DP14939 The Long-lasting Effects of Experiencing Communism on Attitudes towards Financial Markets
|Author(s):||Christine Laudenbach, Ulrike M. Malmendier, Alexandra Niessen-Ruenzi|
|Publication Date:||June 2020|
|Keyword(s):||Capital Markets, Communism, Life-time experiences, positive versus negative emotional tagging, Stock-market participation|
|JEL(s):||D03, D14, D83, D84, E21, G11|
|Programme Areas:||Financial Economics, Economic History|
|Link to this Page:||cepr.org/active/publications/discussion_papers/dp.php?dpno=14939|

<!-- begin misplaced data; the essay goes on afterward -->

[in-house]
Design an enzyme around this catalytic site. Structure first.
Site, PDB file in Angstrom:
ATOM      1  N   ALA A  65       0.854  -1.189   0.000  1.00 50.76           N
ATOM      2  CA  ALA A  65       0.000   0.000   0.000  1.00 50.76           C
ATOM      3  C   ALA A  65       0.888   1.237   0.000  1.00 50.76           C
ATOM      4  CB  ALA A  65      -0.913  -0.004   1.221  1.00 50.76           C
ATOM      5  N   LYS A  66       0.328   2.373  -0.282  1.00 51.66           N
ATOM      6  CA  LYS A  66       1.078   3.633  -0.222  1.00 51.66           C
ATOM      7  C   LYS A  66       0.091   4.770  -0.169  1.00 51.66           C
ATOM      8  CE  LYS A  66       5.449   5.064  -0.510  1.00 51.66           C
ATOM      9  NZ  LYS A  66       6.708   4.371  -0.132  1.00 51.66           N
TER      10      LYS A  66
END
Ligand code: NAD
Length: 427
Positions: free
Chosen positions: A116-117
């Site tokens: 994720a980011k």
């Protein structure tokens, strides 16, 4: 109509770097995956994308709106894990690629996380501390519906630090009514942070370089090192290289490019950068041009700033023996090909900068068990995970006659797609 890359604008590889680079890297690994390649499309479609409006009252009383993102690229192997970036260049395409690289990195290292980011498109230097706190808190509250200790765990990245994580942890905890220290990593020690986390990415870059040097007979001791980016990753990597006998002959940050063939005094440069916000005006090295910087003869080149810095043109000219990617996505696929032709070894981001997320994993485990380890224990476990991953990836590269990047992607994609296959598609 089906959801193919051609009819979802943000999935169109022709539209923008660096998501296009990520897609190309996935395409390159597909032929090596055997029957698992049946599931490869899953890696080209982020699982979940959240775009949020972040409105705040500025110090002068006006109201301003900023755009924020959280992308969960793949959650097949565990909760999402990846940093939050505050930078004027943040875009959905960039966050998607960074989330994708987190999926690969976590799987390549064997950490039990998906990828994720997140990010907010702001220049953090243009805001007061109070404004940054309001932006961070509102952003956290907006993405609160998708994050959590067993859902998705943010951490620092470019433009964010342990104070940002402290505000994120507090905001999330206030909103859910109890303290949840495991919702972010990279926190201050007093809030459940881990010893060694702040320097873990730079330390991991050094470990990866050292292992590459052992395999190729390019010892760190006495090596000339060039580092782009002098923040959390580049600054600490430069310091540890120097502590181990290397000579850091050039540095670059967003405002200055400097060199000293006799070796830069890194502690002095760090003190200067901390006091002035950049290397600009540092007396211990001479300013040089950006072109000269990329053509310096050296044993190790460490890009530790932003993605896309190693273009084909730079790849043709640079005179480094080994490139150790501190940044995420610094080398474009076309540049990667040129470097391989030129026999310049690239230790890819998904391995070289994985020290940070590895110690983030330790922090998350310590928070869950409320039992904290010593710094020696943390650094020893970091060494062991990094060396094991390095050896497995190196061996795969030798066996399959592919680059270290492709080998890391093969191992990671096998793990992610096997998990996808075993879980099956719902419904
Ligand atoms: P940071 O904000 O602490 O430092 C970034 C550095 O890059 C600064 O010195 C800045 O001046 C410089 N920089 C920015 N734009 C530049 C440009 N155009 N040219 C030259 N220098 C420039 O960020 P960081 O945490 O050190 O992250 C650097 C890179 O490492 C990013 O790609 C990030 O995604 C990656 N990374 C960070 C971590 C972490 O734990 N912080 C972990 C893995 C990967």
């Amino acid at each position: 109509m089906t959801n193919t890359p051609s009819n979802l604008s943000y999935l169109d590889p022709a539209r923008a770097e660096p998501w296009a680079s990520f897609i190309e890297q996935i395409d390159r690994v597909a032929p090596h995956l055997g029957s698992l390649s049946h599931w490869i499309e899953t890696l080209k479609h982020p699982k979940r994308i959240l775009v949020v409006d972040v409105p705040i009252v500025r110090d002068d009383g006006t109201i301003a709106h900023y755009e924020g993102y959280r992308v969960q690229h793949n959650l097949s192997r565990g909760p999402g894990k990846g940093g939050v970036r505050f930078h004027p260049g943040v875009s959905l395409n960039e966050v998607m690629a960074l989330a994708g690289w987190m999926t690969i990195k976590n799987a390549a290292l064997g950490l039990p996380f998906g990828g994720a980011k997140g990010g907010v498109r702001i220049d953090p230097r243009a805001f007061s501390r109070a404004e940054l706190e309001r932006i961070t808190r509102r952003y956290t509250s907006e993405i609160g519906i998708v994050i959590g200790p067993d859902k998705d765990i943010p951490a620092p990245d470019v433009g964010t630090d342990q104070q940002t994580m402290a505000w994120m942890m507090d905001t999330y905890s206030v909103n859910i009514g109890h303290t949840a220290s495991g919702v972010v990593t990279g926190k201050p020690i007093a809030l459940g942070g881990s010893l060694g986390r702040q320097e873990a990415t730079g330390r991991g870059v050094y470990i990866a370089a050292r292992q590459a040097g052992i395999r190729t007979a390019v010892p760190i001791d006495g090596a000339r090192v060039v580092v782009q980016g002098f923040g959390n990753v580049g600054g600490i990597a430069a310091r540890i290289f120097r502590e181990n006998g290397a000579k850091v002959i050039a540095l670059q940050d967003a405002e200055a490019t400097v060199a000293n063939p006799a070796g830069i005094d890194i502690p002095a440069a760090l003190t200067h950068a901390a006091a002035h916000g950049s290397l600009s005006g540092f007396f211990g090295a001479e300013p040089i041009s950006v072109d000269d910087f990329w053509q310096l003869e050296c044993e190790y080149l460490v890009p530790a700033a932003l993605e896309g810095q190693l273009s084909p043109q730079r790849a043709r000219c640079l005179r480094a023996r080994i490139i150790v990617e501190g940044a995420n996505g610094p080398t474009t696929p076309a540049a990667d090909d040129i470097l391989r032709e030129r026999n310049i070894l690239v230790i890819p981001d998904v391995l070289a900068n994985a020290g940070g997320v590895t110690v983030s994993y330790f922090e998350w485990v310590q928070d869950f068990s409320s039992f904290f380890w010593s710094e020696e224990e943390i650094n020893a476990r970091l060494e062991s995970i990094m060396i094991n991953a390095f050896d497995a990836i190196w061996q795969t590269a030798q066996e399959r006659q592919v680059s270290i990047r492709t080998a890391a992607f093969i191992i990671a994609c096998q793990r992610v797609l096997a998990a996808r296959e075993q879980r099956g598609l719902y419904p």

Attitudes towards capital markets and stock-market investment still differ widely between Western and formerly communist countries, but there is also significant heterogeneity within the East. We argue that the speed of convergence is predicted by the quality of life-time experiences under communism. Utilizing novel German brokerage and bank data we document that, decades after Reunification, East Germans invest significantly less in stocks and hold more negative views on capital markets if they had unrelated positive experiences, e.g., from Olympic games or living in celebrated showcase cities. Results reverse for East Germans with negative experiences, like environmental pollution and religious oppression.